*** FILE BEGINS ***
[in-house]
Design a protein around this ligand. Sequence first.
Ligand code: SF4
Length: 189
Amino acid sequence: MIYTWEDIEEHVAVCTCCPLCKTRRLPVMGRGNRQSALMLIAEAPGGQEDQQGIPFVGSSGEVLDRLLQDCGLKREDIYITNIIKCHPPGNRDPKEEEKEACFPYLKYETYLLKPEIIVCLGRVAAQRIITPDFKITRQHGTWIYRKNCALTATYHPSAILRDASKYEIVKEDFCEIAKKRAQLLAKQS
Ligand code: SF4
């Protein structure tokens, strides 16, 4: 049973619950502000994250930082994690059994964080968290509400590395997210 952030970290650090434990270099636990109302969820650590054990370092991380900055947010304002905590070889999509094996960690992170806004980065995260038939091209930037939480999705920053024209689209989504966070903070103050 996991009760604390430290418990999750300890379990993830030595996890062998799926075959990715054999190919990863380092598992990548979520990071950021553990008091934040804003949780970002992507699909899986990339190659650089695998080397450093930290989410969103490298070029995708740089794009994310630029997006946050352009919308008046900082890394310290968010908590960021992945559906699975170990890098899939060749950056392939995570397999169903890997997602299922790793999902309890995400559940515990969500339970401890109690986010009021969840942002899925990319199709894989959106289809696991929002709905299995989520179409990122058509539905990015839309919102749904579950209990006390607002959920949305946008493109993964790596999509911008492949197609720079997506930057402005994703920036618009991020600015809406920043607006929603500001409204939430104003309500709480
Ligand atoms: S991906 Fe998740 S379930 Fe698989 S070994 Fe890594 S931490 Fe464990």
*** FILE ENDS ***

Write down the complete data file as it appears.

[in-house]
Design a protein around this ligand. Sequence first.
Ligand code: SF4
Length: 189
Amino acid sequence: MIYTWEDIEEHVAVCTCCPLCKTRRLPVMGRGNRQSALMLIAEAPGGQEDQQGIPFVGSSGEVLDRLLQDCGLKREDIYITNIIKCHPPGNRDPKEEEKEACFPYLKYETYLLKPEIIVCLGRVAAQRIITPDFKITRQHGTWIYRKNCALTATYHPSAILRDASKYEIVKEDFCEIAKKRAQLLAKQS
Ligand code: SF4
């Protein structure tokens, strides 16, 4: 049973619950502000994250930082994690059994964080968290509400590395997210 952030970290650090434990270099636990109302969820650590054990370092991380900055947010304002905590070889999509094996960690992170806004980065995260038939091209930037939480999705920053024209689209989504966070903070103050 996991009760604390430290418990999750300890379990993830030595996890062998799926075959990715054999190919990863380092598992990548979520990071950021553990008091934040804003949780970002992507699909899986990339190659650089695998080397450093930290989410969103490298070029995708740089794009994310630029997006946050352009919308008046900082890394310290968010908590960021992945559906699975170990890098899939060749950056392939995570397999169903890997997602299922790793999902309890995400559940515990969500339970401890109690986010009021969840942002899925990319199709894989959106289809696991929002709905299995989520179409990122058509539905990015839309919102749904579950209990006390607002959920949305946008493109993964790596999509911008492949197609720079997506930057402005994703920036618009991020600015809406920043607006929603500001409204939430104003309500709480
Ligand atoms: S991906 Fe998740 S379930 Fe698989 S070994 Fe890594 S931490 Fe464990």